So, earlier this week writer Taffy Brodesser-Akner (we’ve written about her before), had a piece on the Wall Street Journal’s blog that ignited what can only be described as a Category 5 shitstorm. The post is entitled “Time for a War on ‘Mommy'”–and, while I am neither a mommy nor a mother, I happen to believe that her point… and maybe, the real source of the vitriol–is relevant for all women. Not just
But first. At issue: use of the word ‘mommy’ by anyone other than the fruit of your womb–and, importantly, in phrases like “Mommy Wars,” “Mommy Track,” and “Mommy Blog”. Here’s a taste:
Why is anyone other than my 3-year old (and his 8-month old brother eventually, but not yet) calling me Mommy? Why are we grown women calling each other Mommy? Is being a mother such a silly avocation that we have to baby it up, stringing it with the hormones and gushy feelings of what our children call us? Does it strike anyone that calling a woman who has had a child Mommy is demeaning and infantilizing?
This started long before the Mommy Wars, though. In the 1980s, the attempt to simplify our conflict over how to balance family and career results in a conclusion called the Mommy Track. It was a way to paint us as women who were so flighty that now that we’d gotten what we wanted–careers!–we realized that jobs weren’t all that and we wanted to go back home, where we could safely watch soap operas. Calling us Mommy then said, ‘You’ve done a good job pretending to be men, but the minute you get a baby in you, you become a hearth-sweeping woman who can only speak in goos and gahs.’
But when enough people say something, it kind of becomes true, doesn’t it? Women began to identify with the name Mommy and started not to mind when businesses would market to them as such: The Mommy Hook is a clip that hangs off my stroller and holds a shopping bag. The Mommy Necklace is a necklace that your child can’t choke on. Mommy Make-Up promises I can ‘look divine in half the time.’
Mommy Make-Up? Really? Ugh.
We are being marketed to as this squishy thing–the Mommy–which confirms our needs but calls us names while doing it. Because when a woman calls herself a Mommy, she is, in some ways, identifying with her captors.
Okay! Now, one might think that a woman–a mother herself–pointing out that she is first and foremost, you know, a person, might be allowed to make her point. Maybe even engender a little sympathy. Perhaps pointing out the fact that there’s a “linguistic discrepancy”–Daddy Track, anyone? Thought not–might ignite just a spark of consciousness around the fact that, yes, women are treated differently when they become parents (in more ways than one: let us not forget the charming fact that employers view an employee who’s a mother as risky–potentially flaky, distracted, likely to duck out early, while they tend to view employees who are fathers as more stable, more reliable, more worthy of promotion). One might wonder if there isn’t something worth exploring in the idea that men don’t get comparatively bent out of shape when they’re called daddies… upon consideration, one might conclude that this is perhaps because men aren’t insidiously infantilized, here and there, all over the culture. Or one might relate, but in a different way: perhaps one is not a mother or a mommy, but a woman writer who would take grand offense if one’s books were classified as a chick lit.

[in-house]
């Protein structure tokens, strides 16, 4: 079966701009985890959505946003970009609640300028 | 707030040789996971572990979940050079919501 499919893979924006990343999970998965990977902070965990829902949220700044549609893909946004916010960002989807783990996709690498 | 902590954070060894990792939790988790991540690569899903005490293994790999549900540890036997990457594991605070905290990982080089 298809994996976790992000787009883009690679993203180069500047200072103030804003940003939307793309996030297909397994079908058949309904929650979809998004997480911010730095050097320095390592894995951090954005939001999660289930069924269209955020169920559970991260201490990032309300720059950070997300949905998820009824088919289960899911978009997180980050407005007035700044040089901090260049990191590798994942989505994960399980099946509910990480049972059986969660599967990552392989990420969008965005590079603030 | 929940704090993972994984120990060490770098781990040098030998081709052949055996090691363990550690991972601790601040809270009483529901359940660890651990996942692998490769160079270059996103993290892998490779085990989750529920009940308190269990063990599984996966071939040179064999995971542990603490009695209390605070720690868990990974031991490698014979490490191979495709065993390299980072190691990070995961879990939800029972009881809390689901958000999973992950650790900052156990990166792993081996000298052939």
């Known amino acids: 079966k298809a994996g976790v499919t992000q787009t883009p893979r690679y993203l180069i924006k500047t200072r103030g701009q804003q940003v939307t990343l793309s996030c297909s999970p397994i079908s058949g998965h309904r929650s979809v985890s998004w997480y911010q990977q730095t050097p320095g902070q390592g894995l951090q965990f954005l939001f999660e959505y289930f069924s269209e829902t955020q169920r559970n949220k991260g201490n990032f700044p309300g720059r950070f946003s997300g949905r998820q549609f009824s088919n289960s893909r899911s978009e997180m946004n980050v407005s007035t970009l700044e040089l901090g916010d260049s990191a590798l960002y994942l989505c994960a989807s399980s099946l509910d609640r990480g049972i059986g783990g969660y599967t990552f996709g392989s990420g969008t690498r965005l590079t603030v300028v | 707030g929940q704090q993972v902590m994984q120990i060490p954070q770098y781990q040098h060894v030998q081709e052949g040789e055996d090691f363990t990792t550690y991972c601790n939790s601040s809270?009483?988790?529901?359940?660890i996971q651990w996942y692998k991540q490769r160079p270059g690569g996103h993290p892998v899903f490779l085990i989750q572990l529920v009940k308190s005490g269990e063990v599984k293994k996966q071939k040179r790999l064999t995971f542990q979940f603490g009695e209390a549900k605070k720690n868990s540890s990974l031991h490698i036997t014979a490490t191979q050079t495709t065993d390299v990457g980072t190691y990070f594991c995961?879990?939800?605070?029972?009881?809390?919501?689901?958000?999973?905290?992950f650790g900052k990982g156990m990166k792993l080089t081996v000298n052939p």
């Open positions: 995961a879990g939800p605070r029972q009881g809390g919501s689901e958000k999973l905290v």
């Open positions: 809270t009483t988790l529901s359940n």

One might even think: mother, mommy; tomato, tomahto…who cares?–and promptly move on.
But, no. The Internet is a dark and scary place, after all, and the commenters came out of their caves in force, some of them resorting, literally, to schoolyard taunts. (One quoted an English nursery-school rhyme about killing a Welshman named Taffy. Just…. really? Who are these people?)
So anyway, my question is: why the vitriol? Why is it so taboo for a woman to suggest she derives her identity from within, rather than without? And why is it so difficult for women to allow their sisters a little nuance in their identities? Can’t someone be a great mother and HATE being called Mommy by someone trying to sell her something (something, in all likelihood, nearly exactly like something else she already owns, but which is not festooned with the grand identifier Mommy)? Can’t someone who enjoys being called Mommy be also intelligent, aware, not a tool who’s blindly “identifying with her captors”? From Erica Jong’s riff on attachment parenting to the Battle Hymn of the Tiger Mother to Hiroshima in the Morning to Taffy’s takedown on ‘Mommy,’ why does everyone feel so damn invested in what one mother says about the way she’s doing it??
I have a theory.
We like our people simple. Our women especially. Easily defined. Simply categorized. And, when it comes to women, the less threatening, the better. But also: this thing about women having all kinds of options, all sorts of ways to structure their lives, to cobble together their own reality made up of some parts work, some parts fun, some parts family–well, it’s new. And nothing’s perfect–and when we’re having One Of Those Days, maybe we start to question the way we’re doing it. And maybe one of the easiest ways to reassure ourselves we’re Doing It Right is to clobber anyone who dares to do it differently.
What sucks, of course, is that the more we buy into this sort of Us vs. Them thinking, the quicker we are to file everyone else away into one camp or the other–which is bad–and the less able we are to allow ourselves a little bit of nuance–which is worse. And it’s sad. Because each of us is loaded with nuance–that’s what makes us special, as individual as a snowflake.
I know — my mommy told me so.